January 28, 2023

Hikoalok’s defence team of Michael Smith and Brook Laforest had initially been scheduled to open their case in early October.

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Nov 28, 2022  •  21 hours ago  •  3 minute read

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Tyler Hikoalok was charged with first-degree killing in the 2018 murder of Elisabeth Salm. Photo by www.tr1bemusic.com /Handout Tyler Hikoalok’s first-degree murder trial is set to resume this week after a two-month pause — a rare lengthy break in the midst of a jury trial — with the case now turning to the defence to call its first evidence and testimony.

Hikoalok’s defence team of Michael Smith and Brook Laforest had initially been scheduled to open their case in early October, following the close of the Crown’s evidence against Hikoalok in the 2018 killing of 59-year-old church librarian Elisabeth Salm.

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The reasons for the delay remain shielded by a strict publication ban, with Superior Court Justice Anne London-Weinstein asking the jury not to “speculate” about the delay and to avoid researching the case during the break.

Hikoalok has pleaded not guilty to first-degree murder in a killing prosecutors described as a “vicious and brutal attack” that left Salm clinging to life inside the Christian Science Reading Room on May 24, 2018. She She was discovered by a colleague hours later. She was taken to hospital and died shortly thereafter.

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The Crown concluded its case against Hikoalok on Sept. 29 by presenting the jury a series of admissions drafted in agreement with Hikoalok’s defence team.

The jury was instructed to accept as proven fact that the DNA profile identified on Salm’s body is a positive match with the DNA profile of Hikoalok.

Experts with the Centre of Forensic Sciences linked Hikoalok’s DNA profile to semen found on the victim’s body, and later found Salm’s blood on a shoe and a bracelet Hikoalok wore at the time of his arrest.

The “chain of custody, continuity and integrity” of all the exhibits swabbed from the crime scene, from Salm’s body and those seized from Hikoalok during his arrest were also admitted as fact.

Video surveillance showing Hikoalok on Laurier Avenue near the reading room on the day Salm was killed was also admitted as fact, as Hikoalok is seen walking toward the building’s front entrance at 9:14 a.m. that day, then leaving through a separate exit at 10:21 a.m.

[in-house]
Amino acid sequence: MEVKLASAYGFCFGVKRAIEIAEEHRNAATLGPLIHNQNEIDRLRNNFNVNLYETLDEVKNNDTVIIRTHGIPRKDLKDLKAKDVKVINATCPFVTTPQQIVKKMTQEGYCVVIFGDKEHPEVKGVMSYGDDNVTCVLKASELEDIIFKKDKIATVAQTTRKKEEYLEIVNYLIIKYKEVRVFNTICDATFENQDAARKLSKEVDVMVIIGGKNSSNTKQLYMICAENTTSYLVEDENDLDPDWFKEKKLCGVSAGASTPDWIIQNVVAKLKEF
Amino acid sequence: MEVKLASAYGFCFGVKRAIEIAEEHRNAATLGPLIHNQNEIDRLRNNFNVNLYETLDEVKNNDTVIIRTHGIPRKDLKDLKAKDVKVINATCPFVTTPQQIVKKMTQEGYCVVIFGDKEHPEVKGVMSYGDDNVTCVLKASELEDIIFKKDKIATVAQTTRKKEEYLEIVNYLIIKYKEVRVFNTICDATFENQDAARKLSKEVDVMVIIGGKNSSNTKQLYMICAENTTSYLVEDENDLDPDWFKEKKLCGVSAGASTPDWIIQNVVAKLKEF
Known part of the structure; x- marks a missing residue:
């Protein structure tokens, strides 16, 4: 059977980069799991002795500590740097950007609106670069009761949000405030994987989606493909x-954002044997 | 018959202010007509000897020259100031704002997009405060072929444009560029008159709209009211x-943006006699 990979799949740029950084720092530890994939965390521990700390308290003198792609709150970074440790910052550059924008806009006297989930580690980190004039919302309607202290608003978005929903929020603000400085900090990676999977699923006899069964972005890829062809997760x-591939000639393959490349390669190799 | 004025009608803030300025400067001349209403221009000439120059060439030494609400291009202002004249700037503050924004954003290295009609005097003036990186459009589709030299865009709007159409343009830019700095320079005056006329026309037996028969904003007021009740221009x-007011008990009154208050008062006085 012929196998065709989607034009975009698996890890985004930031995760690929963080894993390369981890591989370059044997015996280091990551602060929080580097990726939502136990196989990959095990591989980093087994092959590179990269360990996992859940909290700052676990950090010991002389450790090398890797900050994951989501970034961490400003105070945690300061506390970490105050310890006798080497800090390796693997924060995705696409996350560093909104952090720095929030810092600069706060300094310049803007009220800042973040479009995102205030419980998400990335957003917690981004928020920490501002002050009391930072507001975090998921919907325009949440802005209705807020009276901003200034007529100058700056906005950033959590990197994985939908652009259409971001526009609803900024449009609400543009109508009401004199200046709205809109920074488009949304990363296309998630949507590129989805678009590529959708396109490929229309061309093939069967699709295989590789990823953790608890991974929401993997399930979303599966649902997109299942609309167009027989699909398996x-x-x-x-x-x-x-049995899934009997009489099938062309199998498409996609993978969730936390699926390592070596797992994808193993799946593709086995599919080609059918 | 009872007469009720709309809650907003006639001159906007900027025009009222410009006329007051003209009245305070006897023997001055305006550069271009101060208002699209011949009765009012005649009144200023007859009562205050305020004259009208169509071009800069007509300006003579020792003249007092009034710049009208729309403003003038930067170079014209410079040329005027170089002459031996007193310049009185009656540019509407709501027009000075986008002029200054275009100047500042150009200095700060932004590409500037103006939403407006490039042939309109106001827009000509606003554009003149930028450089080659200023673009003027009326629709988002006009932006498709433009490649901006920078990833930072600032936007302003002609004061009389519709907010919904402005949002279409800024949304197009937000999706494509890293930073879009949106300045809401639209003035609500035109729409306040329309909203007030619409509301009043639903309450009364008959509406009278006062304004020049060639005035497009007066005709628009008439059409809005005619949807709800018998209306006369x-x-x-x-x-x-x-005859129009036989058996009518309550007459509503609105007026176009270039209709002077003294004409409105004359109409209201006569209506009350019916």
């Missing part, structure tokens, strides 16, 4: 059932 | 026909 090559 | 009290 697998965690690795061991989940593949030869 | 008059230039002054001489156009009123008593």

Prior to the break, the jury was instructed to accept as fact the “continuity and accuracy” of that video surveillance footage, along with video evidence showing Hikoalok arriving at the Debbie Campbell Learning Academy at 440 Albert St. about 40 minutes later.

According to the Crown’s case, presented to the jury over the trial’s first three weeks by Assistant Crown attorneys Brian Holowka and Lisa Miles, Hikoalok had changed his clothes and into shorts and a T-shirt by the time he arrived at his old school.

His former teacher at the alternative school downtown said that he had recently cut his hair.

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Hikoalok’s jeans and the “Tribe” branded hoodie he was seen wearing in the first video were never located or recovered during the investigation, Miles told the jury.

Several school officials testified at trial and noted “nothing out of the ordinary” with Hikoalok or his demeanour when he showed up at the academy that day. He He attended classes at the school before he was 18 years old, and then he decided to leave the program.

Hikoalok was first identified as a suspect in Salm’s killing by two Ottawa police officers who recognized him after his image — taken from a still of the surveillance video — was circulated among police.

Court heard that Hikoalok was identified by the officers from an earlier interaction. The jury was instructed not to interpret this fact.

Before adjourning the trial, London-Weinstein apologized to the jury for the inconvenience caused by the “longer break”.

Jurors were informed that they could expect a five week trial after the jury was chosen in September.

“This type of adjournment does occur from time to time in our criminal justice system,” London-Weinstein told the jury. “And I can assure you the decision (to adjourn) was not one taken lightly. It was done for an important reason and I ask you not speculate as to what that reason might be.”

Initial instructions to the jury were to return to duty Monday. However, that date has been moved to Tuesday.

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Jury hears the first evidence from Hikoalok’s murder trial. Crown closes its case by releasing DNA results that link Tyler Hikoalok with 2018 sexual assault and the killing of a church librarian.